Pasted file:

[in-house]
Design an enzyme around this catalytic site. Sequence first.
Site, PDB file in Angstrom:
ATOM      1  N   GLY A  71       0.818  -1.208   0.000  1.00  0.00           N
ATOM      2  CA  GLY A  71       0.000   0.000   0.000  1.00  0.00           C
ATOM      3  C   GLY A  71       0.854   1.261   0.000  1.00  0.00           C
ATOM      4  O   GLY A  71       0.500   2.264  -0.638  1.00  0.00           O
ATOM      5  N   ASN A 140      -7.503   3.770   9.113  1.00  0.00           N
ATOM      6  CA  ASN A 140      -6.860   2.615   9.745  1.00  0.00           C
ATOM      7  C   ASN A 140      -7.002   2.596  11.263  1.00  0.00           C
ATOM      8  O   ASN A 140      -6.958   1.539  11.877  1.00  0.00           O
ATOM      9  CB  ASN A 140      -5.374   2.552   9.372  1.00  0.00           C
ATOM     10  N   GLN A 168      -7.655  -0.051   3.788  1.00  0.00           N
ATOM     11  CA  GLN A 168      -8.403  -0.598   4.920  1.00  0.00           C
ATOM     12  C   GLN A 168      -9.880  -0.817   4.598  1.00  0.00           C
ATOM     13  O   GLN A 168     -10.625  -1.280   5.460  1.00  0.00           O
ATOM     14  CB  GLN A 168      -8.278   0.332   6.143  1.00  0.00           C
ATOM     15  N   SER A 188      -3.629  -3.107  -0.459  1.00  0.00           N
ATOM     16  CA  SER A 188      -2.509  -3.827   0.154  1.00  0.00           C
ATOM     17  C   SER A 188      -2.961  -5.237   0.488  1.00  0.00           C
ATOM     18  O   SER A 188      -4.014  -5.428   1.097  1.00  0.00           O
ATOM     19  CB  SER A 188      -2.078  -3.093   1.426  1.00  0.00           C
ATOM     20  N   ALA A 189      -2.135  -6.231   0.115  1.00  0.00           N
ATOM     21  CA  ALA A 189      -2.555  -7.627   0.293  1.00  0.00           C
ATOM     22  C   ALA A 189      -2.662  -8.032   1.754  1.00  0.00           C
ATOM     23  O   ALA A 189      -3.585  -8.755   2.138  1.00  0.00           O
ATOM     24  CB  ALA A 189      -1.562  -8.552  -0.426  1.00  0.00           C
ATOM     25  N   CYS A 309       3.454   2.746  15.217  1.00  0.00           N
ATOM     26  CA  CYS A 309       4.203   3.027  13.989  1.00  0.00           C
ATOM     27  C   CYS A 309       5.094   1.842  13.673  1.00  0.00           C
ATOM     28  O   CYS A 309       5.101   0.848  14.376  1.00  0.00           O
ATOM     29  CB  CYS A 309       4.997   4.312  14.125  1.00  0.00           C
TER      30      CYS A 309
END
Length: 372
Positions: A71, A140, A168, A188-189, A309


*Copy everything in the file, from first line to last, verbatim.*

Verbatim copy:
[in-house]
Design an enzyme around this catalytic site. Sequence first.
Site, PDB file in Angstrom:
ATOM      1  N   GLY A  71       0.818  -1.208   0.000  1.00  0.00           N
ATOM      2  CA  GLY A  71       0.000   0.000   0.000  1.00  0.00           C
ATOM      3  C   GLY A  71       0.854   1.261   0.000  1.00  0.00           C
ATOM      4  O   GLY A  71       0.500   2.264  -0.638  1.00  0.00           O
ATOM      5  N   ASN A 140      -7.503   3.770   9.113  1.00  0.00           N
ATOM      6  CA  ASN A 140      -6.860   2.615   9.745  1.00  0.00           C
ATOM      7  C   ASN A 140      -7.002   2.596  11.263  1.00  0.00           C
ATOM      8  O   ASN A 140      -6.958   1.539  11.877  1.00  0.00           O
ATOM      9  CB  ASN A 140      -5.374   2.552   9.372  1.00  0.00           C
ATOM     10  N   GLN A 168      -7.655  -0.051   3.788  1.00  0.00           N
ATOM     11  CA  GLN A 168      -8.403  -0.598   4.920  1.00  0.00           C
ATOM     12  C   GLN A 168      -9.880  -0.817   4.598  1.00  0.00           C
ATOM     13  O   GLN A 168     -10.625  -1.280   5.460  1.00  0.00           O
ATOM     14  CB  GLN A 168      -8.278   0.332   6.143  1.00  0.00           C
ATOM     15  N   SER A 188      -3.629  -3.107  -0.459  1.00  0.00           N
ATOM     16  CA  SER A 188      -2.509  -3.827   0.154  1.00  0.00           C
ATOM     17  C   SER A 188      -2.961  -5.237   0.488  1.00  0.00           C
ATOM     18  O   SER A 188      -4.014  -5.428   1.097  1.00  0.00           O
ATOM     19  CB  SER A 188      -2.078  -3.093   1.426  1.00  0.00           C
ATOM     20  N   ALA A 189      -2.135  -6.231   0.115  1.00  0.00           N
ATOM     21  CA  ALA A 189      -2.555  -7.627   0.293  1.00  0.00           C
ATOM     22  C   ALA A 189      -2.662  -8.032   1.754  1.00  0.00           C
ATOM     23  O   ALA A 189      -3.585  -8.755   2.138  1.00  0.00           O
ATOM     24  CB  ALA A 189      -1.562  -8.552  -0.426  1.00  0.00           C
ATOM     25  N   CYS A 309       3.454   2.746  15.217  1.00  0.00           N
ATOM     26  CA  CYS A 309       4.203   3.027  13.989  1.00  0.00           C
ATOM     27  C   CYS A 309       5.094   1.842  13.673  1.00  0.00           C
ATOM     28  O   CYS A 309       5.101   0.848  14.376  1.00  0.00           O
ATOM     29  CB  CYS A 309       4.997   4.312  14.125  1.00  0.00           C
TER      30      CYS A 309
END
Length: 372
Positions: A71, A140, A168, A188-189, A309